Civil war raged in Liberia from 1989 to 2003. During the conflict, Liberian girls and women were subjected to multiple forms of sexual violence, including gang rape, sexual slavery, ‘survival’ sex in exchange for food, and unwanted pregnancies due to rape. A WHO study found that almost 91 per cent of respondents had been subjected to one of more acts of abuse or sexual violence during the war. Subsequent informal studies indicate that the legacy of brutality continues, and that the gender-based violence continues to threaten women and even very young girls.
Since the inauguration of Africa’s first female president last January, however, dealing with this issue, including ending widespread impunity for perpetrators, has become a priority for the new government. In November, a secretariat was launched within the Ministry of Gender and Development to deal specifically with gender-based violence. UNFPA works with this new office, with sister UN agencies, NGOs and other partners to provide medical, psychosocial and legal help to survivors of sexual violence, like those at OCAM.
The Fund has also played a key role in formulating a five-year national action plan that lays out a multi-sectoral approach for addressing the issue. Other reproductive health problems are also rampant in the war-ravaged country, and UNFPA is also working to re-establish the health infrastructure, prevent HIV and other sexually transmitted diseases, and reduce maternal and infant mortality rates, which in Liberia are among the highest in the world.
Much of the work on the ground is being carried out by NGOs like OCAM. One of their recent meetings, full of healing and support, evokes an old-time revival. A drama, illustrating the value of family planning, is met with loud laughter by spectators, many cradling young children and babies. Lois Bruthus, the executive director of OCAM, rallies the young women to believe in themselves in order to achieve their full potential.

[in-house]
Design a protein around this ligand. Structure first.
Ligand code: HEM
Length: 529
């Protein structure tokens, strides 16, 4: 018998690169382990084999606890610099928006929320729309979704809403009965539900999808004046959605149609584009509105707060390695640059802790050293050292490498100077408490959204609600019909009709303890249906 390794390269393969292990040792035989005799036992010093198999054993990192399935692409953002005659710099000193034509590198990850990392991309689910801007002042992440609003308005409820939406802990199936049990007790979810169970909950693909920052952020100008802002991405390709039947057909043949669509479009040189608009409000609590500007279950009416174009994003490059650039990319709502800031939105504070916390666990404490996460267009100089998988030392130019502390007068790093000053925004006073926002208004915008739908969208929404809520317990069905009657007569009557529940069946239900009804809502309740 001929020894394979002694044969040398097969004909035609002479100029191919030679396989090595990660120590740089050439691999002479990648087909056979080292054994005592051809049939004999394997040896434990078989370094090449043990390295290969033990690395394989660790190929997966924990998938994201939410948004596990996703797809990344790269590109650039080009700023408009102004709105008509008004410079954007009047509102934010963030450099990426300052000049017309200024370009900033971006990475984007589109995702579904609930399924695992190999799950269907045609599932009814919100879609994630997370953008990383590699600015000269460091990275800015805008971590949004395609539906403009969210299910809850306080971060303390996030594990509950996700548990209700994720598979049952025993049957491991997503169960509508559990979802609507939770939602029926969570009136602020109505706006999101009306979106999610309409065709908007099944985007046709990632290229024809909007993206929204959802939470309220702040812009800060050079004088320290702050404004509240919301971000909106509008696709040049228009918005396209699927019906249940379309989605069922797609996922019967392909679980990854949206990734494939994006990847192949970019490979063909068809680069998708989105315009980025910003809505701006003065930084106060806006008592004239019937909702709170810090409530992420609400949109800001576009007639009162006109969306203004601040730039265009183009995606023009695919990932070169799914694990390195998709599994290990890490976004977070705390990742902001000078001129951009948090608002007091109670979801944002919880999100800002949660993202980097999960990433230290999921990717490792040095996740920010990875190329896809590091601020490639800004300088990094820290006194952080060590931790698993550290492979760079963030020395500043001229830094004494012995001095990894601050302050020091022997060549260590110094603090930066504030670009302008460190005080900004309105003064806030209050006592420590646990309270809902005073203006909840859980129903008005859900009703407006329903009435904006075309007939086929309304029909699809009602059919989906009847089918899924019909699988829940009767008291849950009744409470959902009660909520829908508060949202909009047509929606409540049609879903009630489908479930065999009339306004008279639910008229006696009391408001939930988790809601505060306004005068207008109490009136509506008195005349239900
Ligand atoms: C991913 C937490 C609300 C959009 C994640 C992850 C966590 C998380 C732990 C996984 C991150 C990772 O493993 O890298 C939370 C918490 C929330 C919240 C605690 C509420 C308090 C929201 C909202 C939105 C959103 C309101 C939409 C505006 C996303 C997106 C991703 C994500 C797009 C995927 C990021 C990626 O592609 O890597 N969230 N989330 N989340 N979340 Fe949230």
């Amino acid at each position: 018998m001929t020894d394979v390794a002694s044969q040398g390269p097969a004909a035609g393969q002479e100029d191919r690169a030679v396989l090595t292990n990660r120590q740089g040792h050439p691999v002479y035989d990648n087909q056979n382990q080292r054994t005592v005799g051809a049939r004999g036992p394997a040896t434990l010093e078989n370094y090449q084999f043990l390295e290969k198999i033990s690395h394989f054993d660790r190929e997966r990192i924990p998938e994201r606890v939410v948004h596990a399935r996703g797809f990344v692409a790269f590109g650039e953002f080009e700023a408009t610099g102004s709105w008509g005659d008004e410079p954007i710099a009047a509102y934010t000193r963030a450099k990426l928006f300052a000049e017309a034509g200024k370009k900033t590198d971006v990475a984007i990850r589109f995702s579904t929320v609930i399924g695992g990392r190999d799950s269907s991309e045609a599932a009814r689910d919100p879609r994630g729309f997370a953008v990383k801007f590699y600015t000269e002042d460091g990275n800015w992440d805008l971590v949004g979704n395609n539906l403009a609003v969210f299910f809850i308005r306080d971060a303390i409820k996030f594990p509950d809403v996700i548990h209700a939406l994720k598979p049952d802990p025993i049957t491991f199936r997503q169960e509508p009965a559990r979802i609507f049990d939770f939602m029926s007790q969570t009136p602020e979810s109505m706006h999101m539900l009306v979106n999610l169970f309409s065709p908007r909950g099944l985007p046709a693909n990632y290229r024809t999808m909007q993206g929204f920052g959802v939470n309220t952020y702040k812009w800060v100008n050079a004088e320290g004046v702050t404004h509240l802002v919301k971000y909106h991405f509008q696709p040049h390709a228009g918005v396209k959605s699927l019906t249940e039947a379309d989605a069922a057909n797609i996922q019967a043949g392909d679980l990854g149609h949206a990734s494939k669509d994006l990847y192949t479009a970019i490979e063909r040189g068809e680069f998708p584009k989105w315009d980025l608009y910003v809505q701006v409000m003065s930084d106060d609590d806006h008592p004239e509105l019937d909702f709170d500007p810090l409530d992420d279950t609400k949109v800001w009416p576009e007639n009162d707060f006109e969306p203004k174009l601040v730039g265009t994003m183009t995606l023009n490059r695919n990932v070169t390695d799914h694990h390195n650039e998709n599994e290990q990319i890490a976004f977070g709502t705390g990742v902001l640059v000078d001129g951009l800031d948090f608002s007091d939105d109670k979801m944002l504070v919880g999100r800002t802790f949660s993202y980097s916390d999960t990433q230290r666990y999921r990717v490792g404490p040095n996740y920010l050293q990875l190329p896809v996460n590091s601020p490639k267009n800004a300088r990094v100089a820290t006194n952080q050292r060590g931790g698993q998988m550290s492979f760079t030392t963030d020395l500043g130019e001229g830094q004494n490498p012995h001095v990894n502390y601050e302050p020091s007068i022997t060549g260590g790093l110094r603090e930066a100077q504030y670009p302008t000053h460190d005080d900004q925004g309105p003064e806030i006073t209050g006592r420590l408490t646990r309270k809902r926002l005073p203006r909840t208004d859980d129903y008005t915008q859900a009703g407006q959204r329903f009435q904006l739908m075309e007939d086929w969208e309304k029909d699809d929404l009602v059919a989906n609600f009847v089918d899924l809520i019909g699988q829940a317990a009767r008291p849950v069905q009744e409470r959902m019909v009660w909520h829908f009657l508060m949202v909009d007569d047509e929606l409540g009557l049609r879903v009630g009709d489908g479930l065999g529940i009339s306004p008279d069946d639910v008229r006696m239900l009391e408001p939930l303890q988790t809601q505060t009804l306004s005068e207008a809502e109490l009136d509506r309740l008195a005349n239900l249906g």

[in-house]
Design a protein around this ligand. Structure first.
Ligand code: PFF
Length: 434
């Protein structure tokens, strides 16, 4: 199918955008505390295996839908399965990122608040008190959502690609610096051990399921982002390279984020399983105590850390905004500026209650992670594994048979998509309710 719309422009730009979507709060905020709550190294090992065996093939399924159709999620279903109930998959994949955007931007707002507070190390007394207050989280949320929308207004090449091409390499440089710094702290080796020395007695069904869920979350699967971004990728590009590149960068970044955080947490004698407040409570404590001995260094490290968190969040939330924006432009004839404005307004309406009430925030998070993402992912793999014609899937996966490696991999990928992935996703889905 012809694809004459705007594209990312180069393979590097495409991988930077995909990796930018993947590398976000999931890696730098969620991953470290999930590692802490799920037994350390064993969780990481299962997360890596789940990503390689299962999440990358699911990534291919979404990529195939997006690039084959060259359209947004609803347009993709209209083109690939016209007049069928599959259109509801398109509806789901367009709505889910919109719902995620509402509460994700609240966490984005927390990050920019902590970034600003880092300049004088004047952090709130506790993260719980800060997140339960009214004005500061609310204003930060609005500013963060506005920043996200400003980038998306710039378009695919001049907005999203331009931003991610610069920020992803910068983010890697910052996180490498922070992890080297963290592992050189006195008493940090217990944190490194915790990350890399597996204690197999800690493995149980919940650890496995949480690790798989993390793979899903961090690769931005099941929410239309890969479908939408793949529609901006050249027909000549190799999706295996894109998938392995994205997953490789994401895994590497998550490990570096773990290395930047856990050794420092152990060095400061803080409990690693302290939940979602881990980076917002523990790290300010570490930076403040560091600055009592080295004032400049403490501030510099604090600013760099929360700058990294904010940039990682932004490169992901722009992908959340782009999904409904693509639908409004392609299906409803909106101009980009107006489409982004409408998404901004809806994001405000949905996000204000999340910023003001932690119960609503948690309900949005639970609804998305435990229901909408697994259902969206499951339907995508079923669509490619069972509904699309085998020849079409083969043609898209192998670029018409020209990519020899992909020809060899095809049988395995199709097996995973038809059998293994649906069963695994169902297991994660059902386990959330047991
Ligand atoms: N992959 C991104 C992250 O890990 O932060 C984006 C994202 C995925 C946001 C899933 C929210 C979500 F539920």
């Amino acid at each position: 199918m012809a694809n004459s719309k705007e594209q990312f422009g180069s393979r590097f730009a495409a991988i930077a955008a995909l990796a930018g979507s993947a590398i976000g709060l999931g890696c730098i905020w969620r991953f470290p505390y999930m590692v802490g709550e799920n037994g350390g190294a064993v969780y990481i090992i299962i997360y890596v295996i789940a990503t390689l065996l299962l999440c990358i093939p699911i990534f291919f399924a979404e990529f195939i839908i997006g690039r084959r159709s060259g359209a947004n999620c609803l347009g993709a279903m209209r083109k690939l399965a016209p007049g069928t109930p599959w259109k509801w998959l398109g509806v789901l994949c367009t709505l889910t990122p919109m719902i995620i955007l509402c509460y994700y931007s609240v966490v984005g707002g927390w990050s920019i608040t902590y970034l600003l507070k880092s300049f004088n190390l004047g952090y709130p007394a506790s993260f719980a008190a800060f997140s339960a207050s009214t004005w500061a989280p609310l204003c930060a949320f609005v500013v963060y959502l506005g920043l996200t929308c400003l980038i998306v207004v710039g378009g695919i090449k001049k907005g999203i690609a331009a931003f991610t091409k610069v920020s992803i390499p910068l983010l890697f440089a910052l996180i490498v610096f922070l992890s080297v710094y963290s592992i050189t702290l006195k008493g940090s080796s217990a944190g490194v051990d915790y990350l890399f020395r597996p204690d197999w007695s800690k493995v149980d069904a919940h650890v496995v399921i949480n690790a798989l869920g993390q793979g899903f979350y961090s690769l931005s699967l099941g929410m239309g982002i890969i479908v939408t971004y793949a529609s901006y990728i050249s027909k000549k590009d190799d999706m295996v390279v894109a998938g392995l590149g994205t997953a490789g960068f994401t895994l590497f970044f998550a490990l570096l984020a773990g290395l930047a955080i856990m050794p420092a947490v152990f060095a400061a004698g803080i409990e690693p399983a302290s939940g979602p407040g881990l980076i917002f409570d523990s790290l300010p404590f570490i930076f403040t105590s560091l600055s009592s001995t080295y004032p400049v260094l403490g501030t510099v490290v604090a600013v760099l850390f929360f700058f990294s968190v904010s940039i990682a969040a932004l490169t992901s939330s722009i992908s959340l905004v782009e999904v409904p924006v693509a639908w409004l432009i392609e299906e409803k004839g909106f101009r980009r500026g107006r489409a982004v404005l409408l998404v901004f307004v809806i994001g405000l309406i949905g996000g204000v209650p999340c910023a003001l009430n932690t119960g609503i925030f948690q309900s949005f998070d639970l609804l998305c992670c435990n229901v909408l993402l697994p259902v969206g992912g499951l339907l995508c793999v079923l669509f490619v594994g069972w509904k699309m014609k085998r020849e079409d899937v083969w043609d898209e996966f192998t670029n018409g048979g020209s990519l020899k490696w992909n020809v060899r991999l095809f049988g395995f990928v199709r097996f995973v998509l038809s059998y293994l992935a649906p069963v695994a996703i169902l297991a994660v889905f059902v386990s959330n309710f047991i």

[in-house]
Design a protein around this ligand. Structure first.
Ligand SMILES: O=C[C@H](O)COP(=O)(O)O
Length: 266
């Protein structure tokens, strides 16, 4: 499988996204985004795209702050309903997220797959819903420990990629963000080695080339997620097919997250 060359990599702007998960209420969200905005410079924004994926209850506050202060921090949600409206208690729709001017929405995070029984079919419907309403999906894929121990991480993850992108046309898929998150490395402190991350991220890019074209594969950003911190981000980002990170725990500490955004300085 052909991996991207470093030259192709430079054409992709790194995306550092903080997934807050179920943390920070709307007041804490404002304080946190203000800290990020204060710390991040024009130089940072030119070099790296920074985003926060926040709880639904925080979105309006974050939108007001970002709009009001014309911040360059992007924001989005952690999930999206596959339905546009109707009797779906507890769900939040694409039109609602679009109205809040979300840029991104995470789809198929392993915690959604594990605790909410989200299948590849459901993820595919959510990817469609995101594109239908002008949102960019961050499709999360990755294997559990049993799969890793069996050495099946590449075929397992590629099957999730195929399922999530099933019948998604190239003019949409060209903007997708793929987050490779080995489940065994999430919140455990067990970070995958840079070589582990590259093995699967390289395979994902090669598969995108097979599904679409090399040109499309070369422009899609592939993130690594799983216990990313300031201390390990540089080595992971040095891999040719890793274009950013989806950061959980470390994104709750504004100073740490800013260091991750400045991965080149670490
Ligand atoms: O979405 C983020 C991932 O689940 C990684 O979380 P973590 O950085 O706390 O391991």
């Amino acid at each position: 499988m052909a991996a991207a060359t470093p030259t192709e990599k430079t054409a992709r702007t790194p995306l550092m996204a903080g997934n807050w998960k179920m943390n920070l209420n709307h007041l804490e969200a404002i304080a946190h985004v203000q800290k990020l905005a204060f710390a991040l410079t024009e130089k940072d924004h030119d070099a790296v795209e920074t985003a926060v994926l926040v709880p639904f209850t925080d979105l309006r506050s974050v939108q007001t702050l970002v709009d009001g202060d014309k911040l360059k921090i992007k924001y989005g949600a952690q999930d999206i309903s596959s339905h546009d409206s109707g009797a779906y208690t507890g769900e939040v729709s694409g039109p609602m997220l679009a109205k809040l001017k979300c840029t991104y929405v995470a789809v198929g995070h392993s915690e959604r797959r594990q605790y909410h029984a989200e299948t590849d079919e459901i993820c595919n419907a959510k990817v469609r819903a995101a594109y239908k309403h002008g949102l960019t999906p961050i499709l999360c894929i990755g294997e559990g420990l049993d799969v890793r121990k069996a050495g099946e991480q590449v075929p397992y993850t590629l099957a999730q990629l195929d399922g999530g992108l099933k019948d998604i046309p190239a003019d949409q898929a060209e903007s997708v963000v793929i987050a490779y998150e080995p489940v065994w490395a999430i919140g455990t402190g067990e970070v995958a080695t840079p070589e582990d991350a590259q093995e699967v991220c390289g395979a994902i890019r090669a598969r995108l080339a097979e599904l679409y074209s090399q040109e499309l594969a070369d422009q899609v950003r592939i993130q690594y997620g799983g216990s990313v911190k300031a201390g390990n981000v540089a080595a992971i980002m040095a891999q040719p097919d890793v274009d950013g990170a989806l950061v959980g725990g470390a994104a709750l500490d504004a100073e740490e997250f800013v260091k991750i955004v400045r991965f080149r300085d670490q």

“One mistake will not end your life. Whatever happened to yourself during this war, you can still stand up and say I have worth,” Bruthus tells those assembled. “Whether you were raped, whether you were a combatant, you can overcome all odds with self worth.”
Bruthus said organizations like OCAM are essential to rehabilitating survivors of sexual violence, enabling them to heal.
“I see them move from victims to survivors...They have discovered themselves. There is no height they cannot reach. This is what I see in these women and kids,” said Bruthus, tears in her eyes. “I believe I have touched a life, many lives. If today is the last day of my life I am happy, because I have fulfilled my life.”
Betsy Doebo nurses her five-month-old daughter Gloria in the daycare room at OCAM. Twelve babies, wrapped in shawls and towels, sleep snugly on a mattress on the floor under a sign that reads, “Please be quiet, I’m resting.” Older babies crawl around nearby under the watchful eyes of their adult caretakers.
Doebo teaches tie dying at the centre. She said that she wants to help others the way OCAM saved her following her war experience.
“During the war, I suffered a lot. The bombing started and I ran into the jungle. The rebels found me and tied me up,” she says. “I thought they would kill me.”
Doebo made her way to Monrovia. When she needed a helping hand to get back on her feet and provide for her children, OCAM showed her the way.
“I like helping these girls. I want people to be like myself so they don’t have to beg for money,” she says. “I want them to be able to help themselves and their families.”
— Angela Walker